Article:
Term of the week: Co-payment

 

In most general insurance policies, particularly health insurance, there is a co-pay clause, wherein, as a policyholder, you would have to pay a part of the expenses, while the rest will be covered by your insurer.

The co-payment amount varies with the type of coverage under a policy. For instance, insurance companies often have a co-pay of 10 per cent on doctor visits or prescription drugs.

So, if your total expenditure is ₹10,000, you will have to pay ₹1,000; the rest will be borne by the insurance company. The co-payment clause in a health policy is to discourage people from making unnecessary claims.

Note that, co-payment is not to be confused with deductible. While co-payment is an amount you pay each time you get a healthcare service, you pay deductible each year before your health insurance kicks in.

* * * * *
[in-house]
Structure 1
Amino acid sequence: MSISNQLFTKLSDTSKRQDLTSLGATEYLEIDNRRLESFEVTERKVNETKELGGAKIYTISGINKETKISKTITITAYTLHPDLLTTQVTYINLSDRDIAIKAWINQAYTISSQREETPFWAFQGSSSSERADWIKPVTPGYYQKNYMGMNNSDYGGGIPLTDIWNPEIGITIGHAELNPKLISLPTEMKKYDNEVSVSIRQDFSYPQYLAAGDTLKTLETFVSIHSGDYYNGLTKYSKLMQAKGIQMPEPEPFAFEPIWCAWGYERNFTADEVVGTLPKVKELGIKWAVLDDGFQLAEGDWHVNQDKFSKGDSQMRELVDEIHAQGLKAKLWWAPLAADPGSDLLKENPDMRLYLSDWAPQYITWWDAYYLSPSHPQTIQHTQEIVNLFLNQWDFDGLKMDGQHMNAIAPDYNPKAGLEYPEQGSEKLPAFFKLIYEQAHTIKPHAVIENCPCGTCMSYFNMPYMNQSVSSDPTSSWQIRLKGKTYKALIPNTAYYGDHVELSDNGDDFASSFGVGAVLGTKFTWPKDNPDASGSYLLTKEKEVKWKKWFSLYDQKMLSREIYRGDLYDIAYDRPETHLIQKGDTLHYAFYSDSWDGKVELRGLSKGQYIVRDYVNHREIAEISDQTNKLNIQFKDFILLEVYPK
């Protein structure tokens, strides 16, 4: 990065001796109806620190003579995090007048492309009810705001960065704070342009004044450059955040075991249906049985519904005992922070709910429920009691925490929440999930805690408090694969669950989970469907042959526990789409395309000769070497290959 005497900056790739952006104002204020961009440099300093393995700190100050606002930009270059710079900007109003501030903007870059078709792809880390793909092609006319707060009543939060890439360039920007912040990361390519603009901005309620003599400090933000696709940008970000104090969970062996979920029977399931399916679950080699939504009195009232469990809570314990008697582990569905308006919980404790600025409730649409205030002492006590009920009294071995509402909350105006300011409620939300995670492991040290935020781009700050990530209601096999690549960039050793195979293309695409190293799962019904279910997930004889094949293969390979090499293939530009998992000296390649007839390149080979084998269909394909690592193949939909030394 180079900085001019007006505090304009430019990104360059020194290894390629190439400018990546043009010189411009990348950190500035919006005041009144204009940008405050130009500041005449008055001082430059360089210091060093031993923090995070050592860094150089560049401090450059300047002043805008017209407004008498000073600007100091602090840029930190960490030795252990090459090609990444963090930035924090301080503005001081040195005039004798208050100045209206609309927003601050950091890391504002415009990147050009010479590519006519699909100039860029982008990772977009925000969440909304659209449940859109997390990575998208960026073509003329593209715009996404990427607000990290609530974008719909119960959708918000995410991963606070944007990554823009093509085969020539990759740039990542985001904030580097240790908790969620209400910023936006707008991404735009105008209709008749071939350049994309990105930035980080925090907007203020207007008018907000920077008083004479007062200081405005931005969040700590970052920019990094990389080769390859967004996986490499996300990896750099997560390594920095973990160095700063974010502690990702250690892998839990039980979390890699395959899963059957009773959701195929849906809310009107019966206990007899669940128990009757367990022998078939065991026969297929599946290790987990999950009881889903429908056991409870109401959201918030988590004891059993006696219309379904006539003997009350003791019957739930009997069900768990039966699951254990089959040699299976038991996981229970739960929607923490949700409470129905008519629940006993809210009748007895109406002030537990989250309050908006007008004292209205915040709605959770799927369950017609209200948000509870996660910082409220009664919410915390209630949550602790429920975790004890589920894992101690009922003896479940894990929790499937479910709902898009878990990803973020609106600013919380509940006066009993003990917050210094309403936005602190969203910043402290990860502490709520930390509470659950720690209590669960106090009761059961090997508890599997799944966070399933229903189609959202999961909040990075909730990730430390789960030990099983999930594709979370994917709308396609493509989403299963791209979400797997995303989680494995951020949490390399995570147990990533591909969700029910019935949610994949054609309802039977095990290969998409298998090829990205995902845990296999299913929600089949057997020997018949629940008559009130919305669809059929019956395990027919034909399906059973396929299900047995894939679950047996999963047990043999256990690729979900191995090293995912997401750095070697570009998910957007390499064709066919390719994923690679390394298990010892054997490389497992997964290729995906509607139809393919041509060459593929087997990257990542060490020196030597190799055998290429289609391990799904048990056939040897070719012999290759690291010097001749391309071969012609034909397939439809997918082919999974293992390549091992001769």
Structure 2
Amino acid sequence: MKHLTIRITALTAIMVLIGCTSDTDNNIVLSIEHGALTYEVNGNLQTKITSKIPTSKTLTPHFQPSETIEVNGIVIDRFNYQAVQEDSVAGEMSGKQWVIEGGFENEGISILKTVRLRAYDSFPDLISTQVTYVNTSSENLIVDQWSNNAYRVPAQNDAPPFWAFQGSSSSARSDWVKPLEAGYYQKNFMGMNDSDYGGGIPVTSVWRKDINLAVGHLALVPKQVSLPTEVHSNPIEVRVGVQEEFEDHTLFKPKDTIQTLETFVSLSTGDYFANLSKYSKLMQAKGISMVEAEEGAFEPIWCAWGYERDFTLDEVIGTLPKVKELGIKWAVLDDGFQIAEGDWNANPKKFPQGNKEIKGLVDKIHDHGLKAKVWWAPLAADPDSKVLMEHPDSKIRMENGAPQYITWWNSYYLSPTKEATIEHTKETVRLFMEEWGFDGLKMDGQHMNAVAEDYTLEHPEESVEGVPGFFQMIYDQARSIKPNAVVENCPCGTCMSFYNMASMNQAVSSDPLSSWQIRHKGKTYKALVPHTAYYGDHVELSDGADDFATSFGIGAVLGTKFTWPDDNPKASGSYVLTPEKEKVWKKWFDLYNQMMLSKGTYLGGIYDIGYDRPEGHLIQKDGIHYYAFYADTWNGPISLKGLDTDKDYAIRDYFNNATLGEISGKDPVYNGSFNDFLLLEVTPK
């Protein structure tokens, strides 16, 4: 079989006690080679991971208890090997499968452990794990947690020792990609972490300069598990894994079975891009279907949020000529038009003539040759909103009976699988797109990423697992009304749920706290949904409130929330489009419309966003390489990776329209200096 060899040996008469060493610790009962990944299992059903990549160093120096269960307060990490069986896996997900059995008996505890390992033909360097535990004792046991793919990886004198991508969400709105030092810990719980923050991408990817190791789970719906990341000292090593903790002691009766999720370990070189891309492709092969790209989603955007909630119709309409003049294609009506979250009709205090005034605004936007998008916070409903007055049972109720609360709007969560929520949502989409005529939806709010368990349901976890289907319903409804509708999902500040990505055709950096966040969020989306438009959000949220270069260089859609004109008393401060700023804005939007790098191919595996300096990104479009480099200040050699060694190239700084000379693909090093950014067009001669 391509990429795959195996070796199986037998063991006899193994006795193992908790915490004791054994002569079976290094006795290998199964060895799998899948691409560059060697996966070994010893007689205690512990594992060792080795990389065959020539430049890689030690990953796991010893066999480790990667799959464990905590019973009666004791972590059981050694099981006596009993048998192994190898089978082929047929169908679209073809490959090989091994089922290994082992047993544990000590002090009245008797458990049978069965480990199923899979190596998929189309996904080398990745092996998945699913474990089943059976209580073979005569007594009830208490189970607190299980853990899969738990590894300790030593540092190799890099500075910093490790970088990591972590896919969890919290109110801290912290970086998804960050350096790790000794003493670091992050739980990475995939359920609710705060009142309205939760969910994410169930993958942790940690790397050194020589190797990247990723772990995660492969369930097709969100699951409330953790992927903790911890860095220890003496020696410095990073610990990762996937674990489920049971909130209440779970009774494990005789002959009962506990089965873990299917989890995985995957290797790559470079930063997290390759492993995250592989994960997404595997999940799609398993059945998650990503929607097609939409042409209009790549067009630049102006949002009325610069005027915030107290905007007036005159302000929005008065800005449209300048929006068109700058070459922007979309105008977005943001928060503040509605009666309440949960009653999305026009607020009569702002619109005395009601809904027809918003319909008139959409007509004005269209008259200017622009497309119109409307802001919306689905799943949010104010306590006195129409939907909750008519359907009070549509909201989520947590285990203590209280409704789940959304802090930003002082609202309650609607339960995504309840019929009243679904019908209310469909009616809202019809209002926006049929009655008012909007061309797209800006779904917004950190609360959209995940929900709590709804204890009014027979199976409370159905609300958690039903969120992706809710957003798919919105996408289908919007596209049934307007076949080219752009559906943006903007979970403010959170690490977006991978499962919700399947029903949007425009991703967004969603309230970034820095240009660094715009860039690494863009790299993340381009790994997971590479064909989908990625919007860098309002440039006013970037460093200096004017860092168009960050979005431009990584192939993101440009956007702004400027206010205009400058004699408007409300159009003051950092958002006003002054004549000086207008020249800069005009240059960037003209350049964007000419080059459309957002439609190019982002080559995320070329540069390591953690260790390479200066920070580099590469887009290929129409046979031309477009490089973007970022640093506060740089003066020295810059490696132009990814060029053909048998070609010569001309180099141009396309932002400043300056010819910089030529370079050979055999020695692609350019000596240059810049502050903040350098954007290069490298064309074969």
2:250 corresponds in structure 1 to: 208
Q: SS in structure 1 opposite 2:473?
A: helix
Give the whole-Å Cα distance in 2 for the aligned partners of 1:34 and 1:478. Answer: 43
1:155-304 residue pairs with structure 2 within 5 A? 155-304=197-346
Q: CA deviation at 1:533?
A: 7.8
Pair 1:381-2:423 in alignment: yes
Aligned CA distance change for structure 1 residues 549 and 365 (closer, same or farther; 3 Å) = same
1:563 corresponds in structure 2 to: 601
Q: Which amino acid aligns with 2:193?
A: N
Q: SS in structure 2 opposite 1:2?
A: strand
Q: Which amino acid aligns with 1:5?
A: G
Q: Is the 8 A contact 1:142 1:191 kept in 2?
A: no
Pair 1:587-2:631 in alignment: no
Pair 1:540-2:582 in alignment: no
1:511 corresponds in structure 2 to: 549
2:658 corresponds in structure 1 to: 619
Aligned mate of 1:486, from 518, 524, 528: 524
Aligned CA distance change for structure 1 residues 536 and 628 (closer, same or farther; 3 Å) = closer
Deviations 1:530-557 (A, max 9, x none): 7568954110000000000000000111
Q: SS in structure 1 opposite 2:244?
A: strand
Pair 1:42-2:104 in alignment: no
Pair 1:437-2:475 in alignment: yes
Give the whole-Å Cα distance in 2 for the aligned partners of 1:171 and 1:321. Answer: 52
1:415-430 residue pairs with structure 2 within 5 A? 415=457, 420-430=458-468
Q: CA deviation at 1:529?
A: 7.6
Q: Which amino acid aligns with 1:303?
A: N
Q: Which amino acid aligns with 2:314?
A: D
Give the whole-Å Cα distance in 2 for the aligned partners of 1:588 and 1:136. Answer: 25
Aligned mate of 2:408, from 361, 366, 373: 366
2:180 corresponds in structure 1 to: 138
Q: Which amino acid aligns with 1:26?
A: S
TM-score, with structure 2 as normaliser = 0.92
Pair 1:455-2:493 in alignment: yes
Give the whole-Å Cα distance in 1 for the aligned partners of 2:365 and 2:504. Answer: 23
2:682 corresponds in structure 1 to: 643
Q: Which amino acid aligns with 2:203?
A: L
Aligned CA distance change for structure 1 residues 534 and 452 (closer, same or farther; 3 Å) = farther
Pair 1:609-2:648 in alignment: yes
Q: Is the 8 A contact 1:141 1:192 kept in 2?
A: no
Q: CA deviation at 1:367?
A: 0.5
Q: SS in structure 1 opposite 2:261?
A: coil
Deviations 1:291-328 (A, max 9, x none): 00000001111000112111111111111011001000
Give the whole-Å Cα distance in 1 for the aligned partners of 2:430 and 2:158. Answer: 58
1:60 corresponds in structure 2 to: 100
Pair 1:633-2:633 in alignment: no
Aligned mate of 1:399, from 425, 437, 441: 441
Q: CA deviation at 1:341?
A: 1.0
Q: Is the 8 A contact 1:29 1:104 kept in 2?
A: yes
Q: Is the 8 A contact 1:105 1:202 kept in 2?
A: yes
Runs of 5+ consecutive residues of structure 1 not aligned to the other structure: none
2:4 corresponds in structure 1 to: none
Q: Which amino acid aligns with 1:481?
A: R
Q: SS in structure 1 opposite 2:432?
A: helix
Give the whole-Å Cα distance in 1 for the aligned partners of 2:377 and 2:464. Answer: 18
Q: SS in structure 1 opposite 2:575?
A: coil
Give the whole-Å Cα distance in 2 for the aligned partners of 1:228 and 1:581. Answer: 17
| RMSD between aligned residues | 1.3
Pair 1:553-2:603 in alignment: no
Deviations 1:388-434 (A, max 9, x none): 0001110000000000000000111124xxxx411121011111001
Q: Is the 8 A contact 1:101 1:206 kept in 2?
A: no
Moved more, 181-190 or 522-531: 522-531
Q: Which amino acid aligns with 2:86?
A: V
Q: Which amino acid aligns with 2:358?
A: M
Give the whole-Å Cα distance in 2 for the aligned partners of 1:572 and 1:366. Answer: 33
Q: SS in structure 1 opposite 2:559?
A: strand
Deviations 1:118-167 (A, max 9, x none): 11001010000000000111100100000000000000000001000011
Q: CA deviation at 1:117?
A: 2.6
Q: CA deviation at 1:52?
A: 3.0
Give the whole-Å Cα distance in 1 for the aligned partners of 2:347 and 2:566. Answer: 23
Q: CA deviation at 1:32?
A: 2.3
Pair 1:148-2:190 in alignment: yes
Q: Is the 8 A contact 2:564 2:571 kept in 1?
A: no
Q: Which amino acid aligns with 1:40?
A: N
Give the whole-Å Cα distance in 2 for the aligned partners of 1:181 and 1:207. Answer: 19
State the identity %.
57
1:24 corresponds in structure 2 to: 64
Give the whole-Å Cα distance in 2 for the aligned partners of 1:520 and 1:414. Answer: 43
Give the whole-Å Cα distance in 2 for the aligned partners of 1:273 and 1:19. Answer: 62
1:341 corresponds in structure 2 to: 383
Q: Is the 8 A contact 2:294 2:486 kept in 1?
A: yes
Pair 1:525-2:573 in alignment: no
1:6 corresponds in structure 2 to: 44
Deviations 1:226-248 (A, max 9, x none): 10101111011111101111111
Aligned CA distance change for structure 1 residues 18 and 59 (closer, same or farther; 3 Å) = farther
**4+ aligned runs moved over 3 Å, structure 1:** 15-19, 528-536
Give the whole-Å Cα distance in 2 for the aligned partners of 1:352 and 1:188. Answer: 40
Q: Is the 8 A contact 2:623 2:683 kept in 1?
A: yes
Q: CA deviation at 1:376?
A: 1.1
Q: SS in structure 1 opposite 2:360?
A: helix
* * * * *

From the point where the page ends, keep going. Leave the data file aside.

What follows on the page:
For instance, if in a health insurance policy, you have a deductible of ₹500 for doctor visits and your doctor fee works out to ₹400, the entire expenses should be borne by you since you have not reached the deductible limit.

If you pay ₹100 for another doctor visit and, the same year, you happen to have a health incident that costed you ₹1,000, then this amount will be borne entirely by the insurance company as you have paid the deductible.

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